iTunes to be more accessible to the blind

Apple reaches a deal with the Massachusetts attorney general and National Federation of the Blind to adapt the music app and site for screen access software.

Jon Skillings
Jon Skillings Director of copy editing
A born browser of dictionaries and a lifelong New Englander, Jon Skillings is director of copy editing at CNET. He honed his language skills as a US Army linguist (Polish and German) before diving into editing tech publications back when the web was just getting under way. He writes occasionally, on topics from GPS to James Bond.
Expertise language, grammar, usage Credentials 30 years experience at tech and consumer publications, print and online. Five years in the US Army as a translator (German and Polish).

Apple will be making iTunes more accessible to blind consumers, under an agreement reached with the Massachusetts attorney general's office and the National Federation of the Blind.

Under the agreement, Apple will make iTunes U--a portion of the iTunes Store dedicated to educational content provided by colleges and universities--fully accessible to the blind by December 31, 2008. It will then work to provide full accessibility of the iTunes application and the remainder of the iTunes Store by June 30, 2009.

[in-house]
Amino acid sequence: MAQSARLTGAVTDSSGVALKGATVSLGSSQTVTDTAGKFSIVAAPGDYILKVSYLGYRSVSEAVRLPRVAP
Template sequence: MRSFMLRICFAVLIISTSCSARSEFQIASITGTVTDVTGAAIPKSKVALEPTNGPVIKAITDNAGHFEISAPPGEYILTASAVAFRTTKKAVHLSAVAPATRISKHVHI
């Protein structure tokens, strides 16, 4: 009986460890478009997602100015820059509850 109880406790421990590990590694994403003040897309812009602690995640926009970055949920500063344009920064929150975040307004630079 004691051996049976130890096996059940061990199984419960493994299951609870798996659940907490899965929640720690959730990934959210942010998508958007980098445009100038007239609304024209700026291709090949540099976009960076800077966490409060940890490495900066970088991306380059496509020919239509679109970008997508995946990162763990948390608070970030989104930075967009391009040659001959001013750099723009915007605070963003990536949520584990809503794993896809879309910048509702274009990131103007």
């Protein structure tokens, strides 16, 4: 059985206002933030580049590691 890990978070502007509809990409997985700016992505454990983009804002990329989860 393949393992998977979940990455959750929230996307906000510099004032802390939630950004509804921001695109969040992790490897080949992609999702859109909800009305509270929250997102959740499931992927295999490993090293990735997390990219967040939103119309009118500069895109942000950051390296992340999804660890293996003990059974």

The blind and visually impaired will get fuller accessibility to the Apple application and Web site for downloading and purchasing music by means of screen access software that converts on-screen information into Braille or speech.

Apple will also contribute $250,000 to the Massachusetts Commission for the Blind to help the agency buy assistive technology that can make the Internet and computer programs more approachable for the blind.

Future versions of iTunes at the time of their release will have to be fully accessible to the blind, according to the Friday announcements on the agreement.

Apple released iTunes 8 earlier this month, along with a revamped iPod Nano and updated iPod Touch.

In August, retailer Target and the National Federation of the Blind settled a class action lawsuit over the accessibility of the Target.com Web site.